Indian Canyon, California

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Indian Canyon (formerly known as Indian Gulch) is the only federally recognized Indian country from Sonoma to the coast of Santa Barbara in California, a distance of over 300 miles. The canyon is a mile long.[1] As the only such place within the original Costanoan-Ohlone territory, anyone of Native American heritage can come to Indian Canyon to hold ceremonies on this sacred and traditional land.[2] Until 1978, when the American Indian Religious Freedom Act was passed, Native Americans were prohibited from practicing all traditional forms of spirituality.[1]

The canyon's arbor is used for cultural storytelling, chanting, and dancing that bring together indigenous peoples from around the world, from the Maori of New Zealand to the Gwich’in of Alaska.[1]

Anne Marie Sayers and the reclamation of Indian Canyon[edit]

Anne Marie Sayers is a Mutsun Ohlone leader and the tribal chair of the Indian Canyon.[3] In a landmark 8-year case ending in 1998, Sayers used the Dawes Act (also known as the Allotment Act of 1887) to reclaim land in the Indian Canyon, that had belonged to her family for centuries.[4][1]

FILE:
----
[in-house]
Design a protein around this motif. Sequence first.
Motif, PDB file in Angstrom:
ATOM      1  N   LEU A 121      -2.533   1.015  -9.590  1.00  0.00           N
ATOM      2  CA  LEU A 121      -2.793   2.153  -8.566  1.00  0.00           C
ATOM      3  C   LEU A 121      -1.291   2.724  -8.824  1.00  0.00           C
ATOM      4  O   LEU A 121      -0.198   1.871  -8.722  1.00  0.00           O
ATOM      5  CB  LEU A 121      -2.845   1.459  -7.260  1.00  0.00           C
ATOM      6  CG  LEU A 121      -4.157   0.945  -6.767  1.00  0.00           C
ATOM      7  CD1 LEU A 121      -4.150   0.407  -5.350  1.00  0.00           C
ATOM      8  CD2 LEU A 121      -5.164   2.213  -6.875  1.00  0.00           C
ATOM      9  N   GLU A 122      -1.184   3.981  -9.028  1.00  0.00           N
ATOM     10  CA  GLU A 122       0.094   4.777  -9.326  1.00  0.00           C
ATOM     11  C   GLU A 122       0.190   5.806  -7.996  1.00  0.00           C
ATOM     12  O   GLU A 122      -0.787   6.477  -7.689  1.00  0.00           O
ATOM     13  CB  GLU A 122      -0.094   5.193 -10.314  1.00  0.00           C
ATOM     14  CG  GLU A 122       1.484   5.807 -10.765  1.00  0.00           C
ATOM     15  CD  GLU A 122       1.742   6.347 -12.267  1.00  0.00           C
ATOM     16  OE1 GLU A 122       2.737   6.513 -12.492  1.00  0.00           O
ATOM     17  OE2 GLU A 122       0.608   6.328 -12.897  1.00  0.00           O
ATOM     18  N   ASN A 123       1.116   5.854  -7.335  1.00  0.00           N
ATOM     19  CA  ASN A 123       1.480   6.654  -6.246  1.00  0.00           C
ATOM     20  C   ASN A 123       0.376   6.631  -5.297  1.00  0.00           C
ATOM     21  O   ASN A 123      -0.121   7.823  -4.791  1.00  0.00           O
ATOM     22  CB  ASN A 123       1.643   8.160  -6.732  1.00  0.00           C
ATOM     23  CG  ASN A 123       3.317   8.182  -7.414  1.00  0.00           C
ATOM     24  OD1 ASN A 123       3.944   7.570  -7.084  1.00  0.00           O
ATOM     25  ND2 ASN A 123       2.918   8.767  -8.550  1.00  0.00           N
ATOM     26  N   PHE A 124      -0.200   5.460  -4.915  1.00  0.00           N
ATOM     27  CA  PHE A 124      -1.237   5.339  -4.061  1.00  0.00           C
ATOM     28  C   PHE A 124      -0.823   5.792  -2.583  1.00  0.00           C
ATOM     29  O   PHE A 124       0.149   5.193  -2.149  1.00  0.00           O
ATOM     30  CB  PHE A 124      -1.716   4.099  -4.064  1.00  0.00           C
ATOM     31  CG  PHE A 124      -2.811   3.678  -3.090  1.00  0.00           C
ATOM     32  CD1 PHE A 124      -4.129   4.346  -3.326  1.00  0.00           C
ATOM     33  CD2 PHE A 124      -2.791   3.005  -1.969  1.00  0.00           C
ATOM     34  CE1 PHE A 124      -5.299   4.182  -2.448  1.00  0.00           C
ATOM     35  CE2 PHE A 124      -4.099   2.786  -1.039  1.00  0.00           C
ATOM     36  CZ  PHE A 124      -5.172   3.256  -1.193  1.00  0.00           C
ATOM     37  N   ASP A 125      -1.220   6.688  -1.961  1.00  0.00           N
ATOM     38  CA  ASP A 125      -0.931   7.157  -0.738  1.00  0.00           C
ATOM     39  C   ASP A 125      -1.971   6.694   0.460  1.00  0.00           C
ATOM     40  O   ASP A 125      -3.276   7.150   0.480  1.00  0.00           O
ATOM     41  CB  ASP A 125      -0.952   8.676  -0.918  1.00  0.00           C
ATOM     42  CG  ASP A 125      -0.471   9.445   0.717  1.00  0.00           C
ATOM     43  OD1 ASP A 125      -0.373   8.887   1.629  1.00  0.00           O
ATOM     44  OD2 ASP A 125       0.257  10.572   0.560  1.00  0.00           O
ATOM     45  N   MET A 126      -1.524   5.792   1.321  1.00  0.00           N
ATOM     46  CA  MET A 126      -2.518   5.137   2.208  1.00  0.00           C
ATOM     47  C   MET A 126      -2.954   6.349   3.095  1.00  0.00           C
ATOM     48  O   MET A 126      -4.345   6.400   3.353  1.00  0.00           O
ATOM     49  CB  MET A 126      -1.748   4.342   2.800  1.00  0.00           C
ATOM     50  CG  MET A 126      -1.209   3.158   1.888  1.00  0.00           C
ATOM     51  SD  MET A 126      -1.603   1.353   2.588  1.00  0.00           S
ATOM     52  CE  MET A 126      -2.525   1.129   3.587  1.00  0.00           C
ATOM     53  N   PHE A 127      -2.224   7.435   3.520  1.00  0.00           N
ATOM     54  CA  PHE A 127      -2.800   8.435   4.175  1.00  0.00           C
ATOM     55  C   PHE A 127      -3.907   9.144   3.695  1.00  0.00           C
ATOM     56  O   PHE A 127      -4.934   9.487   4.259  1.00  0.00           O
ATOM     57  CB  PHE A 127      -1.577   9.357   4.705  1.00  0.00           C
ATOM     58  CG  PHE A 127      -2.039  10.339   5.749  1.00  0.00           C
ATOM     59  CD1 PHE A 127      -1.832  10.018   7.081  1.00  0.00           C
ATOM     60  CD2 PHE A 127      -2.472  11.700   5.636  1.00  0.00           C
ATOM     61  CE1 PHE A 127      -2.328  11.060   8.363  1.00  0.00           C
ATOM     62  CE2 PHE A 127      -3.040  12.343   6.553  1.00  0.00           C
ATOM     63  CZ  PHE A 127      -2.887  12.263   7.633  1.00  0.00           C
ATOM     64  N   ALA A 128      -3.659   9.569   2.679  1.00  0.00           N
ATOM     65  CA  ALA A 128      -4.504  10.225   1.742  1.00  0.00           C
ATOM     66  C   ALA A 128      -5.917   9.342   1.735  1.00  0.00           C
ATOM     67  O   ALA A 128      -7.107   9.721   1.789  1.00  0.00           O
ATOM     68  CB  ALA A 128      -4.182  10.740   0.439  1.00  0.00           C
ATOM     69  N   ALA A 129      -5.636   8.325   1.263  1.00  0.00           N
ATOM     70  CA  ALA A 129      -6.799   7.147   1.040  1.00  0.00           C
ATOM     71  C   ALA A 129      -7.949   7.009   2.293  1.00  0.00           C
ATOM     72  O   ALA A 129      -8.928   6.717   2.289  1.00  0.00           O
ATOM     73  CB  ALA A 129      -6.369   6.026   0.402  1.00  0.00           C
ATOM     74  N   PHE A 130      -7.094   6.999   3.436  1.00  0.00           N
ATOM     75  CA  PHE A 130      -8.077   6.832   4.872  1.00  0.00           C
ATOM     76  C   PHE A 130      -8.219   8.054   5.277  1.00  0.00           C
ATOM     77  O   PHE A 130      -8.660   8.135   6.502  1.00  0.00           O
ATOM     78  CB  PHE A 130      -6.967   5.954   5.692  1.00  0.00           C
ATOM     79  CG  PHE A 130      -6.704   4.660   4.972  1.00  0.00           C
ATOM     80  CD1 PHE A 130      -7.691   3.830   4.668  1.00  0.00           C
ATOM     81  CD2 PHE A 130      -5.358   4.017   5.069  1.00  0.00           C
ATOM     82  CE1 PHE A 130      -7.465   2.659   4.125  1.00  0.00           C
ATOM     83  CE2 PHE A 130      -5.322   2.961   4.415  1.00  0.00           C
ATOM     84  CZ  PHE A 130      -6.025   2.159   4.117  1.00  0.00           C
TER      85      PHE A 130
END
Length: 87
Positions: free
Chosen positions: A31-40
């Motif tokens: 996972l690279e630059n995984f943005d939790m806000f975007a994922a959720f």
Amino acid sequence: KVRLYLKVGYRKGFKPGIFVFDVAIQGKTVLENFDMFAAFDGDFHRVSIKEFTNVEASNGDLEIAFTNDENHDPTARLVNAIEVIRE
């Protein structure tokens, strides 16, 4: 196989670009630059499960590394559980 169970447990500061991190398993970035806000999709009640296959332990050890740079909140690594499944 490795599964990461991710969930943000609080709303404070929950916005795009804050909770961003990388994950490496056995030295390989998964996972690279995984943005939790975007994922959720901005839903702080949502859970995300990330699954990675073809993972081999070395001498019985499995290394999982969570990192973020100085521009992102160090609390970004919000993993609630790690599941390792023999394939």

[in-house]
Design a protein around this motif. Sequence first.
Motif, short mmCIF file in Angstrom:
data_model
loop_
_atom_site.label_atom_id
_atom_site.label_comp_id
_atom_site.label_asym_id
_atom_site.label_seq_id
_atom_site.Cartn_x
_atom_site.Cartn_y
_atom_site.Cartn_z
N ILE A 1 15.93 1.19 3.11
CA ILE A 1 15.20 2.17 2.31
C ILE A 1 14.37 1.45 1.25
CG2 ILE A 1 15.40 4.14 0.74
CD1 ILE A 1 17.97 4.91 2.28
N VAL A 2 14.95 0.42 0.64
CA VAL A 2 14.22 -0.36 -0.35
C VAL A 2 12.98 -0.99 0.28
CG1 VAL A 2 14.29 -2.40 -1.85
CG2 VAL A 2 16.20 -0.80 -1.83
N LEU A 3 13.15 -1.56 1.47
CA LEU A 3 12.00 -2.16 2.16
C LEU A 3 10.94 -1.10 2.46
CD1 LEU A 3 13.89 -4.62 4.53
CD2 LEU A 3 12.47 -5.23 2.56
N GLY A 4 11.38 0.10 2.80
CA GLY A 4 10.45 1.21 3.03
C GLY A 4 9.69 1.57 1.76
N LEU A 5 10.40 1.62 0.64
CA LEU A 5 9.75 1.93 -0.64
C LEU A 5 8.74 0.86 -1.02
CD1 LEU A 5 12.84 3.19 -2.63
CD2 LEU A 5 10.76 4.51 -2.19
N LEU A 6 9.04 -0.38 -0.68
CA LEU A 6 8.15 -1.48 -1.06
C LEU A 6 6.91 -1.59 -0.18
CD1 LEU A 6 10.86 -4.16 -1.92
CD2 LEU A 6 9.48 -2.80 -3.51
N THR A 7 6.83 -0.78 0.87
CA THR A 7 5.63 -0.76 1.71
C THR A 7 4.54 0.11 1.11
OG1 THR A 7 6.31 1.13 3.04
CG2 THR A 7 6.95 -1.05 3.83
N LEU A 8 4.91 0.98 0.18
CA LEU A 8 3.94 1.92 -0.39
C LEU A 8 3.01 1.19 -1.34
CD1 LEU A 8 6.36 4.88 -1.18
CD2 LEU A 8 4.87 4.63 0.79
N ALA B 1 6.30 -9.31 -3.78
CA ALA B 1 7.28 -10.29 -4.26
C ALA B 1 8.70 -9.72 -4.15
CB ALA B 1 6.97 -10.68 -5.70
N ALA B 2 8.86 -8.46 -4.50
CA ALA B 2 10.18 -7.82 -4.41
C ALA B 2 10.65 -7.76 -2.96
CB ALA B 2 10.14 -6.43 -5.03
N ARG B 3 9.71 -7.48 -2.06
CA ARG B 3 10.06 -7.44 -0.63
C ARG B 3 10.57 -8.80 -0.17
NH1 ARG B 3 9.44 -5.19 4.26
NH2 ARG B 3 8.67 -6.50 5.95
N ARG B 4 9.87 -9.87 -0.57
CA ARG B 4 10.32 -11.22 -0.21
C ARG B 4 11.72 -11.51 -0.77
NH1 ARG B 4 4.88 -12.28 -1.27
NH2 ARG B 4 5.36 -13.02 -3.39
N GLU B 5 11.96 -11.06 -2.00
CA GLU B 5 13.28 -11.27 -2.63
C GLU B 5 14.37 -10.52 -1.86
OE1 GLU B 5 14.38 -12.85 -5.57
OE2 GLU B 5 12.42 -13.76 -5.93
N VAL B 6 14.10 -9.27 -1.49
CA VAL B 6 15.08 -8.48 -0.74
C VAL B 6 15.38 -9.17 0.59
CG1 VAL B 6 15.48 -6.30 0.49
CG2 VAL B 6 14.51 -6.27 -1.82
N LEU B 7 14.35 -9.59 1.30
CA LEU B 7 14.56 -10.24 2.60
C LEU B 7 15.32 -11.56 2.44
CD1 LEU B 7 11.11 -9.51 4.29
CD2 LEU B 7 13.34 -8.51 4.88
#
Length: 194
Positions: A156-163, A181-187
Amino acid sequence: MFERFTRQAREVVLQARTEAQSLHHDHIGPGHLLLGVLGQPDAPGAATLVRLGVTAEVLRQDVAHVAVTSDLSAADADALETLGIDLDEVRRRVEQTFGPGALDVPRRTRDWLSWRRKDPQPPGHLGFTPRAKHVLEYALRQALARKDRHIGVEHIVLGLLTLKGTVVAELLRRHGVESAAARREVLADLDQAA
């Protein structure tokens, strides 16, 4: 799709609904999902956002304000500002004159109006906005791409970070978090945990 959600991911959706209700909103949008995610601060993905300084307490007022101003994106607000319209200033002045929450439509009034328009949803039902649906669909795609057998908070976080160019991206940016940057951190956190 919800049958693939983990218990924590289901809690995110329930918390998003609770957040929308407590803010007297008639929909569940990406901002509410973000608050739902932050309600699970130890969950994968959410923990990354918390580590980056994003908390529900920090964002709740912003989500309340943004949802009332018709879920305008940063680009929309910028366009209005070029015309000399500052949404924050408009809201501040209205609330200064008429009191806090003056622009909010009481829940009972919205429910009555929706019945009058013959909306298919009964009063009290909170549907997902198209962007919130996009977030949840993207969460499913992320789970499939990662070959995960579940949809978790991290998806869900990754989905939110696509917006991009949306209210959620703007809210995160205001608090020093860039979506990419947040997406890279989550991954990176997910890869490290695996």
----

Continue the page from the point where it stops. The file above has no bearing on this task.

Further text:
Sayers is also the Director of the Costanoan Indian Research, Inc., an organisation based in the Indian Canyon, dedicated to the preservation and return of native artifacts to their tribal groups.[5]

In 2015, during Pope Francis' visit to the United States, Sayers joined religious leaders across the country to protest fracking.[6]

References[edit]

  1. ^ a b c d Chitnis, Rucha (30 September 2015). "In the Land of My Ancestors: Native Woman Stands Her Ground in Ohlone Territory". Indian Country Today Media Network indiancountrytodaymedianetwork.com/. Retrieved 17 July 2016. 
  2. ^ Pritzer, Barry (1999). Native America Today: A Guide to Community Politics and Culture. ABC-CLIO. p. 57. ISBN 1576070778. 
  3. ^ Markus, Bethania Palma (16 November 2013). "The "Golden State's" Brutal Past Through Native Eyes". Truthout truth-out.org. Retrieved 17 July 2016. 
  4. ^ "Background". Indian Canyon indiancanyon.org. Retrieved 17 July 2016. 
  5. ^ . Indian Canyon Village indiancanyonvillage.com http://www.indiancanyonvillage.org/cultural_heritage.htm. Retrieved 17 July 2016.  Missing or empty |title= (help)
  6. ^ Hauter, Wenonah (24 September 2015). "Faith Leaders Speak Out Against Fracking Amid Pope Francis' Visit to U.S." Ecowatch ecowatch.com. Retrieved 17 July 2016.